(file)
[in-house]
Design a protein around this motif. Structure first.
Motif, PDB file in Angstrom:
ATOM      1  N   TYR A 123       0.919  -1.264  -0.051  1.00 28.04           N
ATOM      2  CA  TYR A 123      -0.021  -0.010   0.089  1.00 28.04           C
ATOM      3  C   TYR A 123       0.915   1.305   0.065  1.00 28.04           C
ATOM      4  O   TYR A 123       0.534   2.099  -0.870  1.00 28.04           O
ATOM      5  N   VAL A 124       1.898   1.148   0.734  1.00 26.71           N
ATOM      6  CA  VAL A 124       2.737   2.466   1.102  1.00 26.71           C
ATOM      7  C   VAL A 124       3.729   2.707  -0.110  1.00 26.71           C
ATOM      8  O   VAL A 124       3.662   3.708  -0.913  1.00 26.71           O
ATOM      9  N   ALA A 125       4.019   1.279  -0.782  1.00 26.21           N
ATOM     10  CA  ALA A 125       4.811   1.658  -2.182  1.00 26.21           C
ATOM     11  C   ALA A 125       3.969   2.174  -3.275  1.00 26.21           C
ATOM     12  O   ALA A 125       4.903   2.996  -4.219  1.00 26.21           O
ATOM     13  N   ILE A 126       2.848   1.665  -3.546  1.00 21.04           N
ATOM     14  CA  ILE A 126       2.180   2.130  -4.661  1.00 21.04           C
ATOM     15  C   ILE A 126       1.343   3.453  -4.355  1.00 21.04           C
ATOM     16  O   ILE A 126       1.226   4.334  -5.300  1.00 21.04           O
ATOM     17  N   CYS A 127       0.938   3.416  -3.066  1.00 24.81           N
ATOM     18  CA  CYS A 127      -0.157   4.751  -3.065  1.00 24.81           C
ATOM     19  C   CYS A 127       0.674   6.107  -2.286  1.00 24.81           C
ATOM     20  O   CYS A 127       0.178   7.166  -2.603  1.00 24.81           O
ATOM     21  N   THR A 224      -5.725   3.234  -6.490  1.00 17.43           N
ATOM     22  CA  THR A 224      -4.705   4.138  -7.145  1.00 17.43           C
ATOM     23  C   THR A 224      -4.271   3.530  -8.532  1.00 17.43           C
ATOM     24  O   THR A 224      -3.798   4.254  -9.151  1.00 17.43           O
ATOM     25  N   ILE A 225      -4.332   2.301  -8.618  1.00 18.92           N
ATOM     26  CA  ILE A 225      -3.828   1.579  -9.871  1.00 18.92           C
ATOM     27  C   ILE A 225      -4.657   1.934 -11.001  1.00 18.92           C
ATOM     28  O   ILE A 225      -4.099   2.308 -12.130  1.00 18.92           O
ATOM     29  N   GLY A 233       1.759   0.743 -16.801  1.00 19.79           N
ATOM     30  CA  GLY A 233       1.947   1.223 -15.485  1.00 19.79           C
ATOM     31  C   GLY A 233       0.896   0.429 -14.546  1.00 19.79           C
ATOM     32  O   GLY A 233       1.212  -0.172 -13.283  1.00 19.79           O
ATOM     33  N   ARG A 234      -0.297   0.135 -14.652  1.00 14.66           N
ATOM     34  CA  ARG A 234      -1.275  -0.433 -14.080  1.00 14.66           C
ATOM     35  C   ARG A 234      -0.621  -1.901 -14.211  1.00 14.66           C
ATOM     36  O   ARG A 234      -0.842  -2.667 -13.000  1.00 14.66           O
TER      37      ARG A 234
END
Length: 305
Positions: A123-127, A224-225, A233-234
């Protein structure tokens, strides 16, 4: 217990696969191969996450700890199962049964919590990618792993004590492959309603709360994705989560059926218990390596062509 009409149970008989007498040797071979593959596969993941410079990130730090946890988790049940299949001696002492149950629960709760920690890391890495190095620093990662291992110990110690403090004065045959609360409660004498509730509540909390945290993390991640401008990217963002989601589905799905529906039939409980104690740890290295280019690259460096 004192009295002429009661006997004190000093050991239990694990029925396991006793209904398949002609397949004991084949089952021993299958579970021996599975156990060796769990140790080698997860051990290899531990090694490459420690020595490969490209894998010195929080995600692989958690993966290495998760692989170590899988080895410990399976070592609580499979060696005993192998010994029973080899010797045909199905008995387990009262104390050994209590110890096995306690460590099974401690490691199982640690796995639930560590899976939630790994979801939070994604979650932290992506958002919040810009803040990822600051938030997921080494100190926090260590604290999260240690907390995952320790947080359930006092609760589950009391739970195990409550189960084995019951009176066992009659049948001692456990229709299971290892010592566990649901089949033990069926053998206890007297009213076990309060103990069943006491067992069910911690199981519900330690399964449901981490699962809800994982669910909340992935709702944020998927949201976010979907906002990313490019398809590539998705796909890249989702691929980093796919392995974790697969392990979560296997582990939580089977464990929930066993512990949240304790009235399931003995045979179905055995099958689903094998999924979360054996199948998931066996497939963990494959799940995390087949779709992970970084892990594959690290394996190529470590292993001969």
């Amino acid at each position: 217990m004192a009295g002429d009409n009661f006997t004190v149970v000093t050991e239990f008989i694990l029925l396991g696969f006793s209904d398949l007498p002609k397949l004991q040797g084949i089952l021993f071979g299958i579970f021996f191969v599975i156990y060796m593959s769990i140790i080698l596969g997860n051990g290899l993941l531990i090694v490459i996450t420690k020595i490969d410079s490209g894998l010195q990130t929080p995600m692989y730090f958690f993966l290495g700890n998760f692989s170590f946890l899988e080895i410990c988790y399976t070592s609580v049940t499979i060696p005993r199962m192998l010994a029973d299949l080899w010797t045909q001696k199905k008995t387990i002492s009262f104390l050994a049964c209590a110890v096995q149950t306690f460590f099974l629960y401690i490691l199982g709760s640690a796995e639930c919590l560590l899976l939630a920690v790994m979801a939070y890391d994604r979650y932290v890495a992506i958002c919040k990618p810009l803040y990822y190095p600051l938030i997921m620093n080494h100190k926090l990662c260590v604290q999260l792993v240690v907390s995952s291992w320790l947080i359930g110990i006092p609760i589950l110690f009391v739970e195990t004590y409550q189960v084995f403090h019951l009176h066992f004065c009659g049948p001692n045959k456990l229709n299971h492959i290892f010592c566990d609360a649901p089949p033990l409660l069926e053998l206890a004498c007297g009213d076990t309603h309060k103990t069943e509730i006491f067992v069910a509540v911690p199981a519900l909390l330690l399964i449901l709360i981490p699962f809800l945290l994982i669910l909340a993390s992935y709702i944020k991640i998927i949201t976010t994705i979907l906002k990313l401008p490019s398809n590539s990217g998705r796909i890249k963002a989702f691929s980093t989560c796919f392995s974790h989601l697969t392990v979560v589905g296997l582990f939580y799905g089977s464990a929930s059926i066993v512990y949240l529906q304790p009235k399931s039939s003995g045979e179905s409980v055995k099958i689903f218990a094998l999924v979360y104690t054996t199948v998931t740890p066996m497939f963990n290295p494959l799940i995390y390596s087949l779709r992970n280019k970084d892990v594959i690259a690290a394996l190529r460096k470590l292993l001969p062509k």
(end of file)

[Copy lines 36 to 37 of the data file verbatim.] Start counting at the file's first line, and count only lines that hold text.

ATOM     33  N   ARG A 234      -0.297   0.135 -14.652  1.00 14.66           N
ATOM     34  CA  ARG A 234      -1.275  -0.433 -14.080  1.00 14.66           C